The Pilgrims agreed to work for the London company for seven years, after which they would keep the land and whatever further profits the colony generated. As difficult as it was, it was an opportunity to transition from being poor and landless to being relatively prosperous and owning land. 

The Pursuit of Gold in North America

On learning of the Spanish conquistadors’ wealth that was obtained from the Aztecs in Mexico, the people of Europe believed that there must be other cities of gold to find in North America. Although the gold deposits discovered in the northern continent were less, that did not dissuade emigrants. 

Freedom

In the eighteenth century, the people of Britain already thought of themselves as free and espoused the values of freedom. Before the American Revolution, people on both sides of the Atlantic believed themselves to be living under a free political system. Wars against Spain and France were wars for freedom. 

However, that freedom existed more in theory than in practice – someone who works hard for decades and never escapes poverty is not exactly free. If one went to the colonies, they might find the freedom they valued. Laws in Europe and the British Empire often made employers masters and employees servants, and you had a chance of escaping this in the New England colonies. 

Land was cheap in the New World, and a trip there was a way to escape the class limitations of those without land at home. It was difficult for someone of basic means working a menial job to earn enough to buy land in Great Britain.

That said, Native American land rights were usually not respected, although British North America did pass some laws to protect Native Americans eventually. 

Political Liberty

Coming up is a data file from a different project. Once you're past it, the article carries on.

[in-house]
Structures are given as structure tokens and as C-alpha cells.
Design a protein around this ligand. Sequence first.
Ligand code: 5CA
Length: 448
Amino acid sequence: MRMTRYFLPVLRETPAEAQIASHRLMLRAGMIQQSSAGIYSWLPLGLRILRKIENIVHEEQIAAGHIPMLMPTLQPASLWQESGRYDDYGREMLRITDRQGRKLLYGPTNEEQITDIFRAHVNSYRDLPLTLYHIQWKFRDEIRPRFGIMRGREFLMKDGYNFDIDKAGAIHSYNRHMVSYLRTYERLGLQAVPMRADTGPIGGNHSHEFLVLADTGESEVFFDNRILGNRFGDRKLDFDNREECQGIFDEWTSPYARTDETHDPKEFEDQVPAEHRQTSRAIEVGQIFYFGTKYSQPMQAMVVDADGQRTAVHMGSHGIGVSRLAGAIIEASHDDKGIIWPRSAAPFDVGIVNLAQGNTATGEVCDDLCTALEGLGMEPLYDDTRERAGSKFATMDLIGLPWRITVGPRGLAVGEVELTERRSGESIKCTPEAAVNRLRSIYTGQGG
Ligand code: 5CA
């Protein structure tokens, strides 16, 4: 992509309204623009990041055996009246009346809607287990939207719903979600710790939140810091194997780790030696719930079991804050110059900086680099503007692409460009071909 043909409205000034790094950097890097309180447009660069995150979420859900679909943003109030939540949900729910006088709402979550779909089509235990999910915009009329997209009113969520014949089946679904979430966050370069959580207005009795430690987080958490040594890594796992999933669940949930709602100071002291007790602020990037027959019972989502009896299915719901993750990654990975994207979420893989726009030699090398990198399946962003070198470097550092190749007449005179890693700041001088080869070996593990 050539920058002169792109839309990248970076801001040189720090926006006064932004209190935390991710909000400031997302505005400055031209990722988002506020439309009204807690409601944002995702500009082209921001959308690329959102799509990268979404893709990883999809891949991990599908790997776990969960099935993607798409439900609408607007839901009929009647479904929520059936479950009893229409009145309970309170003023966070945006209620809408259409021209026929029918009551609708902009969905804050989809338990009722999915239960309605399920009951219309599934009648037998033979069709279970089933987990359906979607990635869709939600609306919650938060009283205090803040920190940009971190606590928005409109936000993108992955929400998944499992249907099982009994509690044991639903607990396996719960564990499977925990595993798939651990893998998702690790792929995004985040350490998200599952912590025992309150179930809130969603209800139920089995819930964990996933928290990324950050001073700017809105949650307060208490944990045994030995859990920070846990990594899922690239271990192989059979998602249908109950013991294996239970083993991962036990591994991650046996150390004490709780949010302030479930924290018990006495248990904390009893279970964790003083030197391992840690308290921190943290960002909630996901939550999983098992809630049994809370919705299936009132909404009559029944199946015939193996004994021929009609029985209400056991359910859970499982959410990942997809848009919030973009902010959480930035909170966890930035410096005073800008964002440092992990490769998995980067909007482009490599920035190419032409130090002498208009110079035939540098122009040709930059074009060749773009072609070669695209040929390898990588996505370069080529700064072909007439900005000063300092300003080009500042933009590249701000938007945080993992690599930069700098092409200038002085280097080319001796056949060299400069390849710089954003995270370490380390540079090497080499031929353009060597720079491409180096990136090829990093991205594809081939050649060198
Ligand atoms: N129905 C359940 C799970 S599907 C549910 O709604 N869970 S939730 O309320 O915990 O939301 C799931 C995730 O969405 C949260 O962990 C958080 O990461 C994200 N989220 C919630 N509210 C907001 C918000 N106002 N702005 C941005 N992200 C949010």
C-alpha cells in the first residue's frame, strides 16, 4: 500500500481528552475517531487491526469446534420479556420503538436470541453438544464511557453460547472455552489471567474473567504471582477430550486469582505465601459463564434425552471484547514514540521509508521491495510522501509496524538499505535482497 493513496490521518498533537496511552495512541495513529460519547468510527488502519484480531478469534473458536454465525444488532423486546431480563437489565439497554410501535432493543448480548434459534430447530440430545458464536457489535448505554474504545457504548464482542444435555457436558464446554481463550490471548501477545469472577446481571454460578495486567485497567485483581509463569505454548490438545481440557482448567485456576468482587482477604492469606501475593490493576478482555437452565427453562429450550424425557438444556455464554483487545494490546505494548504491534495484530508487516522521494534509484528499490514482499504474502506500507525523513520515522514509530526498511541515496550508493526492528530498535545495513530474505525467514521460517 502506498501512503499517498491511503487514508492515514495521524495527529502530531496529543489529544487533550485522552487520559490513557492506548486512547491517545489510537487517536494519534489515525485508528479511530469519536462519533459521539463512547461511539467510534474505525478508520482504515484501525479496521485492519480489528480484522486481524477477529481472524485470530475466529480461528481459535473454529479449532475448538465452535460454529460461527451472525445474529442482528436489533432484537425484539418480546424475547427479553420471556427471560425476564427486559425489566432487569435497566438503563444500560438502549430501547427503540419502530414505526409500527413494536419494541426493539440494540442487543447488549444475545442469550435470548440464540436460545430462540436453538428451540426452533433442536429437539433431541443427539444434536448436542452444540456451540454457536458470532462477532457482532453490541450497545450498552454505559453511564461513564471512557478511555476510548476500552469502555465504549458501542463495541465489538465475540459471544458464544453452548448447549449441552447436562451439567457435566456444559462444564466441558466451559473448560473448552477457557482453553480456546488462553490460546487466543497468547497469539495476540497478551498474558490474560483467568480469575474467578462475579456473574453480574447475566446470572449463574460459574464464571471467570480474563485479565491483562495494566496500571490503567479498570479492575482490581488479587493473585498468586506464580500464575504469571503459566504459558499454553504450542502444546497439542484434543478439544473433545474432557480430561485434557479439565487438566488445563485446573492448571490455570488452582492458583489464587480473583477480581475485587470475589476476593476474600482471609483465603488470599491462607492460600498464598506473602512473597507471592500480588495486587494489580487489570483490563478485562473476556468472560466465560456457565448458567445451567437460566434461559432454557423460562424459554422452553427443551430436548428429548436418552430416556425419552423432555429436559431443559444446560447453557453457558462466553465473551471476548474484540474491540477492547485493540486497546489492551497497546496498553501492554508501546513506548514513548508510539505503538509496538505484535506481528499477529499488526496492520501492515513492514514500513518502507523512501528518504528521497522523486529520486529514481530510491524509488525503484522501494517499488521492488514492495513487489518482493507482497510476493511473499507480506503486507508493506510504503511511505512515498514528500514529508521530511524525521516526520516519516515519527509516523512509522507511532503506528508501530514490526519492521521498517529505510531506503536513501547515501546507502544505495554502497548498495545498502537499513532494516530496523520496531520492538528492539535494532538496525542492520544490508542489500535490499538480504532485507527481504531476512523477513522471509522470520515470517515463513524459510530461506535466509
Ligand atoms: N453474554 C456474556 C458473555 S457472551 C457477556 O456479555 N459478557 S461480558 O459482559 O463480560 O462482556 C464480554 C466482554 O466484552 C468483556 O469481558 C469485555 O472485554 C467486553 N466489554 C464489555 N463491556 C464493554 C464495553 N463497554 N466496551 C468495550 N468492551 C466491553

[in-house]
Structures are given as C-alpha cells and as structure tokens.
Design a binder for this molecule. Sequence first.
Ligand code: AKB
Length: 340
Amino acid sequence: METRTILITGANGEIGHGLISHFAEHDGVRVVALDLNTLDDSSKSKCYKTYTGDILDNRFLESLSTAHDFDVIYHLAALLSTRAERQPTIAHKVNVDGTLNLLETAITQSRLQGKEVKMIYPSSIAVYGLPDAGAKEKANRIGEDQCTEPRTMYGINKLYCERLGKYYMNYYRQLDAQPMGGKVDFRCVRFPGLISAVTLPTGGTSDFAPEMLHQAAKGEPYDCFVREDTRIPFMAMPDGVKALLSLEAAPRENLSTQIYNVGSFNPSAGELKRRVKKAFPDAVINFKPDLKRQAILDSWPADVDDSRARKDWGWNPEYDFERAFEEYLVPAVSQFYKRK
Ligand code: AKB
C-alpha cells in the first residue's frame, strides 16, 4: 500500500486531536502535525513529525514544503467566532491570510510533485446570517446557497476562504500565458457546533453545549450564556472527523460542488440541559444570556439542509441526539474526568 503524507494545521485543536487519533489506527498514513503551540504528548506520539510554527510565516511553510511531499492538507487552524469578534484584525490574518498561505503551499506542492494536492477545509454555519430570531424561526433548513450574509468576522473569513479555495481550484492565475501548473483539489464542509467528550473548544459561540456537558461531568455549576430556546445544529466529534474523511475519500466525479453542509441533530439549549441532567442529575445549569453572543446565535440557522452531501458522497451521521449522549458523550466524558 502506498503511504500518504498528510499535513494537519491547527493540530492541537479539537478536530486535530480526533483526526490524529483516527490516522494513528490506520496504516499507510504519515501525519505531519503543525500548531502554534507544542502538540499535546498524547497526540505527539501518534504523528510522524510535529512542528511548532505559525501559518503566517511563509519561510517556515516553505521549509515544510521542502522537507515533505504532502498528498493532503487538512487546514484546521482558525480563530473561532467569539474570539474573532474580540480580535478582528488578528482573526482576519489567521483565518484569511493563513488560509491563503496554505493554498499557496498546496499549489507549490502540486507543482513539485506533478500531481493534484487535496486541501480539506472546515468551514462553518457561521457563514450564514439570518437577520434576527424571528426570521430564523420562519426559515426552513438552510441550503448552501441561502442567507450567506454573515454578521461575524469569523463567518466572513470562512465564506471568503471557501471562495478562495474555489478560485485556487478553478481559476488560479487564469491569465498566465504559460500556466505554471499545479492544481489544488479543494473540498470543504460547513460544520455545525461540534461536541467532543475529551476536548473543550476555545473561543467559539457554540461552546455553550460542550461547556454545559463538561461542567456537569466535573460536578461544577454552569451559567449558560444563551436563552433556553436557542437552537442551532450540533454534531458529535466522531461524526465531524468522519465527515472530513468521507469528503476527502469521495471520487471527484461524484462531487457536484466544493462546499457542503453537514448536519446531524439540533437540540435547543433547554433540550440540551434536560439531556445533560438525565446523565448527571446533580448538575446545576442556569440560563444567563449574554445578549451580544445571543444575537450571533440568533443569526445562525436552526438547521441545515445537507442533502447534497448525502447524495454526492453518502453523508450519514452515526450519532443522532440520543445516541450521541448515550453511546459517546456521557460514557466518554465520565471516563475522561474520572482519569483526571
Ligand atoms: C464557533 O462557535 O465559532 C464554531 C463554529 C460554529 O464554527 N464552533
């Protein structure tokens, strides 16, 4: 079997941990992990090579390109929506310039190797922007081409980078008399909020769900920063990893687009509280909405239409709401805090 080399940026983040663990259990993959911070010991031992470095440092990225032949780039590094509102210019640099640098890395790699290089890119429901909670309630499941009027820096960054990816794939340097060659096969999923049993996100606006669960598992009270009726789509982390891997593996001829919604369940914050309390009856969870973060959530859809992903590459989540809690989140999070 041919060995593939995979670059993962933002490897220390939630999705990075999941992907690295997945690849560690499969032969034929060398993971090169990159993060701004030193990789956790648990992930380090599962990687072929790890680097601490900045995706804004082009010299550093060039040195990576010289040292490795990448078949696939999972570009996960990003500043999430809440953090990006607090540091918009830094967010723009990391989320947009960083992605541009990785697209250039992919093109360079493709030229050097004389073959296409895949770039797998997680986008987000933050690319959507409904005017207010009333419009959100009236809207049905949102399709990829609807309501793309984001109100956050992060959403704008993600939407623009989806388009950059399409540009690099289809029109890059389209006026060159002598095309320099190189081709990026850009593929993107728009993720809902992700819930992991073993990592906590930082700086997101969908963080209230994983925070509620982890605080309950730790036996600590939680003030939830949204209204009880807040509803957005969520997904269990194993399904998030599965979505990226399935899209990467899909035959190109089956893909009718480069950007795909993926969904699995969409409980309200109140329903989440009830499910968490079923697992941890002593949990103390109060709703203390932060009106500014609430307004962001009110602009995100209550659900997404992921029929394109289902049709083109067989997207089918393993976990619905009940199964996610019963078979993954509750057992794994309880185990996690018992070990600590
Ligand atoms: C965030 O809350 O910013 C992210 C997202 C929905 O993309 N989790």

While the Revolutionary War was partly about taxes, they were only high in the years leading up to the war. In most of the 18th century, Americans in the colonies paid low taxes, often much lower than Europe. 

Before the revolution, you could escape government oppression by traveling to America. People in colonies also essentially ruled themselves for a long time. Early settlers were mostly free from distant government officials in a remote colony. 

Religious Practice

While Pilgrims and Puritans were not tolerant of other religious beliefs, they were still looking for a place where they could practice their religion in peace. 

After their religious beliefs became illegal in England, the Pilgrims first went to the Netherlands and then to North America. Initially, this was an unmitigated disaster – half of the pilgrims died during the first winter. Despite the death toll, the Plymouth Colony survived, and many Americans today are descended from the first Pilgrims to reach the colony. 

Religious Freedom

Other groups came to North America to live in a colony where people shared their religious beliefs. In 1630, a group of 1,000 Puritans settled in Massachusetts with the backing of King Charles I. 

This colony was much more successful than the Plymouth Colony. Traveling to America was often a better choice than finding somewhere in Europe that would accept them. 

Escaping Persecution

Many religious dissidents in England were against the Anglican Church. Some were called separatists and believed that the Anglican Church was against Christ and that they should form new congregations.

The Church of England did not tolerate this. They were forbidden from breaking away to form their own churches or spread the message that the Church of England was corrupt. Escaping to North America was the only way out.